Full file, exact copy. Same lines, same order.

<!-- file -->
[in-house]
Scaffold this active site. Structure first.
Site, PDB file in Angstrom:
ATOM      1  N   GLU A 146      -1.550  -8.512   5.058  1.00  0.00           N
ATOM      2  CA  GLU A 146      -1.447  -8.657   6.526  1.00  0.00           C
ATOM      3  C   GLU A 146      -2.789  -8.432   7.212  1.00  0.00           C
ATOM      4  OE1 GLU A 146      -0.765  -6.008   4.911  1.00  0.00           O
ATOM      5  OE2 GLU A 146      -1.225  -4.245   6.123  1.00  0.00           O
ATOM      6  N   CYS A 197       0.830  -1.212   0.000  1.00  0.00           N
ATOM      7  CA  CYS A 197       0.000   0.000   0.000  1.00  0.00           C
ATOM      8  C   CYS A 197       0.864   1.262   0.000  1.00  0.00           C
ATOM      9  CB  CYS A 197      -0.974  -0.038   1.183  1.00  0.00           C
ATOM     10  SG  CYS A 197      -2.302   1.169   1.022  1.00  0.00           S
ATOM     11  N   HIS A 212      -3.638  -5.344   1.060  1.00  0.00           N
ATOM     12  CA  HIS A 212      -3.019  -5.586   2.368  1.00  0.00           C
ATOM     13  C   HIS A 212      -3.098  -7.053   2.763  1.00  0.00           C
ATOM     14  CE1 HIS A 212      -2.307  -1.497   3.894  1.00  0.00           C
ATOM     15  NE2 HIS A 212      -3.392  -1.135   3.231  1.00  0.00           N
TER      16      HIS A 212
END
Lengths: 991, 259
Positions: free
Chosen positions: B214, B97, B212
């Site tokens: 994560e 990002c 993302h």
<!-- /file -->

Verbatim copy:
[in-house]
Scaffold this active site. Structure first.
Site, PDB file in Angstrom:
ATOM      1  N   GLU A 146      -1.550  -8.512   5.058  1.00  0.00           N
ATOM      2  CA  GLU A 146      -1.447  -8.657   6.526  1.00  0.00           C
ATOM      3  C   GLU A 146      -2.789  -8.432   7.212  1.00  0.00           C
ATOM      4  OE1 GLU A 146      -0.765  -6.008   4.911  1.00  0.00           O
ATOM      5  OE2 GLU A 146      -1.225  -4.245   6.123  1.00  0.00           O
ATOM      6  N   CYS A 197       0.830  -1.212   0.000  1.00  0.00           N
ATOM      7  CA  CYS A 197       0.000   0.000   0.000  1.00  0.00           C
ATOM      8  C   CYS A 197       0.864   1.262   0.000  1.00  0.00           C
ATOM      9  CB  CYS A 197      -0.974  -0.038   1.183  1.00  0.00           C
ATOM     10  SG  CYS A 197      -2.302   1.169   1.022  1.00  0.00           S
ATOM     11  N   HIS A 212      -3.638  -5.344   1.060  1.00  0.00           N
ATOM     12  CA  HIS A 212      -3.019  -5.586   2.368  1.00  0.00           C
ATOM     13  C   HIS A 212      -3.098  -7.053   2.763  1.00  0.00           C
ATOM     14  CE1 HIS A 212      -2.307  -1.497   3.894  1.00  0.00           C
ATOM     15  NE2 HIS A 212      -3.392  -1.135   3.231  1.00  0.00           N
TER      16      HIS A 212
END
Lengths: 991, 259
Positions: free
Chosen positions: B214, B97, B212
């Site tokens: 994560e 990002c 993302h």